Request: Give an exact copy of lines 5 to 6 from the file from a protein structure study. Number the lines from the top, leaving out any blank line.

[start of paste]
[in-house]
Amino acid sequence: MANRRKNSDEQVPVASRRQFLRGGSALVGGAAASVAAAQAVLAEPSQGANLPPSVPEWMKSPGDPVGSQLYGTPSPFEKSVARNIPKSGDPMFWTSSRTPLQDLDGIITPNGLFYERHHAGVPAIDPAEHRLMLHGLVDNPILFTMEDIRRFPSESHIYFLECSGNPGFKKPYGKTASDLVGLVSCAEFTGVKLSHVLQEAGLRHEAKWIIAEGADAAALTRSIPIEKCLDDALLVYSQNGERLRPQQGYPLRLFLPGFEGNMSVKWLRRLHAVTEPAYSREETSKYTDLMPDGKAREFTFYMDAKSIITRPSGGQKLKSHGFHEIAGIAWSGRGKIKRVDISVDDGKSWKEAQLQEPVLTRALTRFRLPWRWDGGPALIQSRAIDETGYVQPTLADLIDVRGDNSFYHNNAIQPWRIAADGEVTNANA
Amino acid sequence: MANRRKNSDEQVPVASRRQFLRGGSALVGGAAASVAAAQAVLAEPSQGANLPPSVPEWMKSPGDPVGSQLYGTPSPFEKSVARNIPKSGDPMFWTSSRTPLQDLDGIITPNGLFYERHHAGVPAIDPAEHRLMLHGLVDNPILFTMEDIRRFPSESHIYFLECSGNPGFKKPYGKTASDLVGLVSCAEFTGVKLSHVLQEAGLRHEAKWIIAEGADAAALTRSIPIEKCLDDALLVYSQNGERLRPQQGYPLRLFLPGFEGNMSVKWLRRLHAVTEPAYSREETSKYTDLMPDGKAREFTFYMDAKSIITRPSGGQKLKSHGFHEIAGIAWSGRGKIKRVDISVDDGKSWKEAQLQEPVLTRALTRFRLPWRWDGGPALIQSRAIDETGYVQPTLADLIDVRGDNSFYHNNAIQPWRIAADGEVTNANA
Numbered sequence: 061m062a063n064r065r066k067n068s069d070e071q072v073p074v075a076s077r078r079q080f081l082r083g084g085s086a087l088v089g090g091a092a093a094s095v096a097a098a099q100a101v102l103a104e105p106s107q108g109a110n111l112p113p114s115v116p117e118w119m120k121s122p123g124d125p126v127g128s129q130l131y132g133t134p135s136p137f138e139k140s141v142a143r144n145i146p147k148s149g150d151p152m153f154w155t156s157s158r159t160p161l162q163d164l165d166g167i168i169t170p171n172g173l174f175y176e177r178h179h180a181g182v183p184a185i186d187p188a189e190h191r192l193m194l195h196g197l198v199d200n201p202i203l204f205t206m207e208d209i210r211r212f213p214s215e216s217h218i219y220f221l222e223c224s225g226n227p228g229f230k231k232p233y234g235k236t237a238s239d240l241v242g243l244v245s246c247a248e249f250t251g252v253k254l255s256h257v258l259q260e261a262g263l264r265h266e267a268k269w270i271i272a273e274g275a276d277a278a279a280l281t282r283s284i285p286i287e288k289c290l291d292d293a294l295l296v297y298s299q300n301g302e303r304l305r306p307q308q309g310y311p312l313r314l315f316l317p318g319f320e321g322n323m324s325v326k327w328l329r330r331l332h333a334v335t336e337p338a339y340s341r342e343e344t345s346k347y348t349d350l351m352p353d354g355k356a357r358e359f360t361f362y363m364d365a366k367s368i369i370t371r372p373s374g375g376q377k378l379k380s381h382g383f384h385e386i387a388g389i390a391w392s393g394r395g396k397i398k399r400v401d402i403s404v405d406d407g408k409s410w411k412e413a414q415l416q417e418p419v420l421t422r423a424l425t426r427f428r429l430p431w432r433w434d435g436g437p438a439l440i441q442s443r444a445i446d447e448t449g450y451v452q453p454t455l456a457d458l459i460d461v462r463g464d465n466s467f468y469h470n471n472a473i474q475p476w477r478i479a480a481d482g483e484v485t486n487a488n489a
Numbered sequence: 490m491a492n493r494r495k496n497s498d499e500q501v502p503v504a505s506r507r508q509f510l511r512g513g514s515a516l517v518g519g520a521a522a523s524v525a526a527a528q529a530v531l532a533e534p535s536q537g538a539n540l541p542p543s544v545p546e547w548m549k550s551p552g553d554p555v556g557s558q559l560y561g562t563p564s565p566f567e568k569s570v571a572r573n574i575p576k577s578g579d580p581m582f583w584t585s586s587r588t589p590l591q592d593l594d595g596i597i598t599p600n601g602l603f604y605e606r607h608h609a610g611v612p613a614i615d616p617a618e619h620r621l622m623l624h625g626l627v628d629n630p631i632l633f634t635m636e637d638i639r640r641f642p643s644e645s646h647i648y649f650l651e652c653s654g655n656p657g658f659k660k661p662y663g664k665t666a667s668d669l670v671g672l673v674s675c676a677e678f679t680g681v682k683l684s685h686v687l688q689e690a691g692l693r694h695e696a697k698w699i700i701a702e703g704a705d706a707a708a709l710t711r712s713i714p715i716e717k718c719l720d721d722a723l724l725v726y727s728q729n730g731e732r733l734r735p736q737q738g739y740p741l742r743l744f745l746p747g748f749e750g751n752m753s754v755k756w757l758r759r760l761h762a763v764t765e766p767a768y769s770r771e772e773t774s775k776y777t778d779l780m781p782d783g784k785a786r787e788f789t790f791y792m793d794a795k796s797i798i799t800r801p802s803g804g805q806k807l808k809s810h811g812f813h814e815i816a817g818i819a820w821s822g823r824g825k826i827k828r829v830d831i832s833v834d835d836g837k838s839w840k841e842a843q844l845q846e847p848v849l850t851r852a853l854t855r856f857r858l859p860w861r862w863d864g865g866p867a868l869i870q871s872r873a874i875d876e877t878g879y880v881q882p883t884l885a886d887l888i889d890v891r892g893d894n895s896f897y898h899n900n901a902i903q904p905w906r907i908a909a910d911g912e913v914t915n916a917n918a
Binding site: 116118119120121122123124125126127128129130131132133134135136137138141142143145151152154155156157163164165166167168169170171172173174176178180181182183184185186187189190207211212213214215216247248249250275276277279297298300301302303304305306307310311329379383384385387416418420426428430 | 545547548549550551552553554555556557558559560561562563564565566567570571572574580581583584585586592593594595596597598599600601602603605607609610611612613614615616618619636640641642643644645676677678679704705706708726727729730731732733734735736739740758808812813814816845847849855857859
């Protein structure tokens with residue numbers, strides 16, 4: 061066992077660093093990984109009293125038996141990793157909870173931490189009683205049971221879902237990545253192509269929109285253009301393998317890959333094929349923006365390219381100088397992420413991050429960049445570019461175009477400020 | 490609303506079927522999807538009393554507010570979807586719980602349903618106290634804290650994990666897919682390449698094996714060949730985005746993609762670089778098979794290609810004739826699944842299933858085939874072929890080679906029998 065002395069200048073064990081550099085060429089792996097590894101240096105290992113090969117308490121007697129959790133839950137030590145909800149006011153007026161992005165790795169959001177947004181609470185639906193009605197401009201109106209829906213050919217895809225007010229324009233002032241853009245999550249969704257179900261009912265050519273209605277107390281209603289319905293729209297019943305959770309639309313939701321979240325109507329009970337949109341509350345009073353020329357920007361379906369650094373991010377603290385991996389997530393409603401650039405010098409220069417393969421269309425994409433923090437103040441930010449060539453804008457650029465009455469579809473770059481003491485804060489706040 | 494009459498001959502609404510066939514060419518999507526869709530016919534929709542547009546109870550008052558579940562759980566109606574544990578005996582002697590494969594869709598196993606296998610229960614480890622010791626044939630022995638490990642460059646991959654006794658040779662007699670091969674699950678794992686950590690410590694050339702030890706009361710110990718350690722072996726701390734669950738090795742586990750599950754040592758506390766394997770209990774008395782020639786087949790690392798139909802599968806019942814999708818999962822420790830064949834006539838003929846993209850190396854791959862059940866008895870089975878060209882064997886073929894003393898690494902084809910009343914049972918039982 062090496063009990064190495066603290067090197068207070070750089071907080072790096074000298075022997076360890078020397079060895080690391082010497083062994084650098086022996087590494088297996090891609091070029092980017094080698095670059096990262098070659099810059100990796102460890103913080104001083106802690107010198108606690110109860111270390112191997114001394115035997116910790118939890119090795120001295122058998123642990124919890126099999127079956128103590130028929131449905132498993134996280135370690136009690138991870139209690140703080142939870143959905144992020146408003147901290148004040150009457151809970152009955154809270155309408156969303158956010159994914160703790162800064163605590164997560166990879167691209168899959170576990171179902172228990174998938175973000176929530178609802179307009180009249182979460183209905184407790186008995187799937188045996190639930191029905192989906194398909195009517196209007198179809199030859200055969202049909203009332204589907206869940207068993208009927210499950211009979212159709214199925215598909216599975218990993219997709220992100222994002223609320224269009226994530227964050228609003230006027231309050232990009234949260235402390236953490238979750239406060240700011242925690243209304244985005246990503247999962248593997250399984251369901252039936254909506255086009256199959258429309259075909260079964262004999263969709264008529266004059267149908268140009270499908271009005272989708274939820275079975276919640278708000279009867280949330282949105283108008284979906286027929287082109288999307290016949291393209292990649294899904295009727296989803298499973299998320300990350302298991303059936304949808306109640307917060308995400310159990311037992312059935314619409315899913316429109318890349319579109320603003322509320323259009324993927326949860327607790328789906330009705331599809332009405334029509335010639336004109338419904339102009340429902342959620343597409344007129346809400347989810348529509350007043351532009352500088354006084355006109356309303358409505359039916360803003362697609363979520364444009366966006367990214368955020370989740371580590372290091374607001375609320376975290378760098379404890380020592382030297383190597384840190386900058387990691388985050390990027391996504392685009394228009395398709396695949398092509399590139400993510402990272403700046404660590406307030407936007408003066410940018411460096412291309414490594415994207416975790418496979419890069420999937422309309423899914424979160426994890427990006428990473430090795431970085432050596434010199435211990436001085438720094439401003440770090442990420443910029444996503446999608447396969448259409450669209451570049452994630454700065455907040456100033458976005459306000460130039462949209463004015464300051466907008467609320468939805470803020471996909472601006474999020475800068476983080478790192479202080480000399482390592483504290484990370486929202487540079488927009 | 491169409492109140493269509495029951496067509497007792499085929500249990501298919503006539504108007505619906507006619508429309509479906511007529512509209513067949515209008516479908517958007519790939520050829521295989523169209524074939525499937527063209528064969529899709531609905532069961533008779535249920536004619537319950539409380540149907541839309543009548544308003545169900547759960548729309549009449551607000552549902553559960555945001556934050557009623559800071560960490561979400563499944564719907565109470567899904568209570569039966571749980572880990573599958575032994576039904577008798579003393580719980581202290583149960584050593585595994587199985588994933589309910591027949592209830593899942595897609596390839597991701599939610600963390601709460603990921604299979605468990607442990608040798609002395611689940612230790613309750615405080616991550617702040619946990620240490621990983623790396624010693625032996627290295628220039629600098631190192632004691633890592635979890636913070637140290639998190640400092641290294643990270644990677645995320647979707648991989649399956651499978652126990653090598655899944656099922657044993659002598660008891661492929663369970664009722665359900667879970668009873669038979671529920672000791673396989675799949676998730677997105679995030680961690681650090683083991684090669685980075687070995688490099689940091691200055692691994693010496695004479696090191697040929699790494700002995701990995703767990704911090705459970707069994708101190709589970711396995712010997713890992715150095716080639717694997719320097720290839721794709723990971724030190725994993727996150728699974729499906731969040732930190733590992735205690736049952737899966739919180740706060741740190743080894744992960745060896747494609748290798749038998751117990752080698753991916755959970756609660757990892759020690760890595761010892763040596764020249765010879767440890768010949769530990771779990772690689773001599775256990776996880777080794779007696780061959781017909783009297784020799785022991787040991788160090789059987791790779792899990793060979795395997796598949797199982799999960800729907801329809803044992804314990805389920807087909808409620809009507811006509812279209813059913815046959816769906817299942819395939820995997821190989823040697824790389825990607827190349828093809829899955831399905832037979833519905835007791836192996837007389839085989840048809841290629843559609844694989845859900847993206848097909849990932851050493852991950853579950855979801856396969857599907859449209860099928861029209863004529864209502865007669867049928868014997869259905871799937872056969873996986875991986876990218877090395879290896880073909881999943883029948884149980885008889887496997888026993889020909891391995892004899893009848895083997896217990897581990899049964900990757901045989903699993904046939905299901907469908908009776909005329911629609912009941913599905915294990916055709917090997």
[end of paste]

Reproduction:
Numbered sequence: 490m491a492n493r494r495k496n497s498d499e500q501v502p503v504a505s506r507r508q509f510l511r512g513g514s515a516l517v518g519g520a521a522a523s524v525a526a527a528q529a530v531l532a533e534p535s536q537g538a539n540l541p542p543s544v545p546e547w548m549k550s551p552g553d554p555v556g557s558q559l560y561g562t563p564s565p566f567e568k569s570v571a572r573n574i575p576k577s578g579d580p581m582f583w584t585s586s587r588t589p590l591q592d593l594d595g596i597i598t599p600n601g602l603f604y605e606r607h608h609a610g611v612p613a614i615d616p617a618e619h620r621l622m623l624h625g626l627v628d629n630p631i632l633f634t635m636e637d638i639r640r641f642p643s644e645s646h647i648y649f650l651e652c653s654g655n656p657g658f659k660k661p662y663g664k665t666a667s668d669l670v671g672l673v674s675c676a677e678f679t680g681v682k683l684s685h686v687l688q689e690a691g692l693r694h695e696a697k698w699i700i701a702e703g704a705d706a707a708a709l710t711r712s713i714p715i716e717k718c719l720d721d722a723l724l725v726y727s728q729n730g731e732r733l734r735p736q737q738g739y740p741l742r743l744f745l746p747g748f749e750g751n752m753s754v755k756w757l758r759r760l761h762a763v764t765e766p767a768y769s770r771e772e773t774s775k776y777t778d779l780m781p782d783g784k785a786r787e788f789t790f791y792m793d794a795k796s797i798i799t800r801p802s803g804g805q806k807l808k809s810h811g812f813h814e815i816a817g818i819a820w821s822g823r824g825k826i827k828r829v830d831i832s833v834d835d836g837k838s839w840k841e842a843q844l845q846e847p848v849l850t851r852a853l854t855r856f857r858l859p860w861r862w863d864g865g866p867a868l869i870q871s872r873a874i875d876e877t878g879y880v881q882p883t884l885a886d887l888i889d890v891r892g893d894n895s896f897y898h899n900n901a902i903q904p905w906r907i908a909a910d911g912e913v914t915n916a917n918a
Binding site: 116118119120121122123124125126127128129130131132133134135136137138141142143145151152154155156157163164165166167168169170171172173174176178180181182183184185186187189190207211212213214215216247248249250275276277279297298300301302303304305306307310311329379383384385387416418420426428430 | 545547548549550551552553554555556557558559560561562563564565566567570571572574580581583584585586592593594595596597598599600601602603605607609610611612613614615616618619636640641642643644645676677678679704705706708726727729730731732733734735736739740758808812813814816845847849855857859